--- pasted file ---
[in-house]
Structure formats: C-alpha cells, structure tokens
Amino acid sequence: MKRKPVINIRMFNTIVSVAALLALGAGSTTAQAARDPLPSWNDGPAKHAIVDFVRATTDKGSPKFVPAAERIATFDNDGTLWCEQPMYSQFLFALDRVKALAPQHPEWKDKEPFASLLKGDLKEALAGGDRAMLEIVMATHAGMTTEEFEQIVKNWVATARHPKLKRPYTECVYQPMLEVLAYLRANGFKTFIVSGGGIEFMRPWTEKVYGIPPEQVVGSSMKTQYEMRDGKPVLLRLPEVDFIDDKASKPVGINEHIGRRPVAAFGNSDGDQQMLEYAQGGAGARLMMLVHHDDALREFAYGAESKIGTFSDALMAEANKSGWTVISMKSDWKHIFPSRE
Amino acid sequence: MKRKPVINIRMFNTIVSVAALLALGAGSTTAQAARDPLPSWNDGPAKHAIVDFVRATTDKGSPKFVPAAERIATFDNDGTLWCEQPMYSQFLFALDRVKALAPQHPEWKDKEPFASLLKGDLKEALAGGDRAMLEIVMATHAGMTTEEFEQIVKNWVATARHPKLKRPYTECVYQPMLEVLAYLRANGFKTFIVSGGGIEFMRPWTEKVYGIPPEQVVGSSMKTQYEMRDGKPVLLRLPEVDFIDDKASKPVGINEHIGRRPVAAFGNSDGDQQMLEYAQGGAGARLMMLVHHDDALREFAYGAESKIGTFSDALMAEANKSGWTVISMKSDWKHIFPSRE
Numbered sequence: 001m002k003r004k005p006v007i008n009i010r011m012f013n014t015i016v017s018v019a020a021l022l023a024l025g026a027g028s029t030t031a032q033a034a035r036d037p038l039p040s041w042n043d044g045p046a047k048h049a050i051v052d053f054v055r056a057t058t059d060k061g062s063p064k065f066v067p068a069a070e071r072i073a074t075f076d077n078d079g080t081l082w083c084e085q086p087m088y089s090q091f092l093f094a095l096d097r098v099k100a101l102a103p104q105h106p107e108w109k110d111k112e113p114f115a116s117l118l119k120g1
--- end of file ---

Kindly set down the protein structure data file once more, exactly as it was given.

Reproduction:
[in-house]
Structure formats: C-alpha cells, structure tokens
Amino acid sequence: MKRKPVINIRMFNTIVSVAALLALGAGSTTAQAARDPLPSWNDGPAKHAIVDFVRATTDKGSPKFVPAAERIATFDNDGTLWCEQPMYSQFLFALDRVKALAPQHPEWKDKEPFASLLKGDLKEALAGGDRAMLEIVMATHAGMTTEEFEQIVKNWVATARHPKLKRPYTECVYQPMLEVLAYLRANGFKTFIVSGGGIEFMRPWTEKVYGIPPEQVVGSSMKTQYEMRDGKPVLLRLPEVDFIDDKASKPVGINEHIGRRPVAAFGNSDGDQQMLEYAQGGAGARLMMLVHHDDALREFAYGAESKIGTFSDALMAEANKSGWTVISMKSDWKHIFPSRE
Amino acid sequence: MKRKPVINIRMFNTIVSVAALLALGAGSTTAQAARDPLPSWNDGPAKHAIVDFVRATTDKGSPKFVPAAERIATFDNDGTLWCEQPMYSQFLFALDRVKALAPQHPEWKDKEPFASLLKGDLKEALAGGDRAMLEIVMATHAGMTTEEFEQIVKNWVATARHPKLKRPYTECVYQPMLEVLAYLRANGFKTFIVSGGGIEFMRPWTEKVYGIPPEQVVGSSMKTQYEMRDGKPVLLRLPEVDFIDDKASKPVGINEHIGRRPVAAFGNSDGDQQMLEYAQGGAGARLMMLVHHDDALREFAYGAESKIGTFSDALMAEANKSGWTVISMKSDWKHIFPSRE
Numbered sequence: 001m002k003r004k005p006v007i008n009i010r011m012f013n014t015i016v017s018v019a020a021l022l023a024l025g026a027g028s029t030t031a032q033a034a035r036d037p038l039p040s041w042n043d044g045p046a047k048h049a050i051v052d053f054v055r056a057t058t059d060k061g062s063p064k065f066v067p068a069a070e071r072i073a074t075f076d077n078d079g080t081l082w083c084e085q086p087m088y089s090q091f092l093f094a095l096d097r098v099k100a101l102a103p104q105h106p107e108w109k110d111k112e113p114f115a116s117l118l119k120g1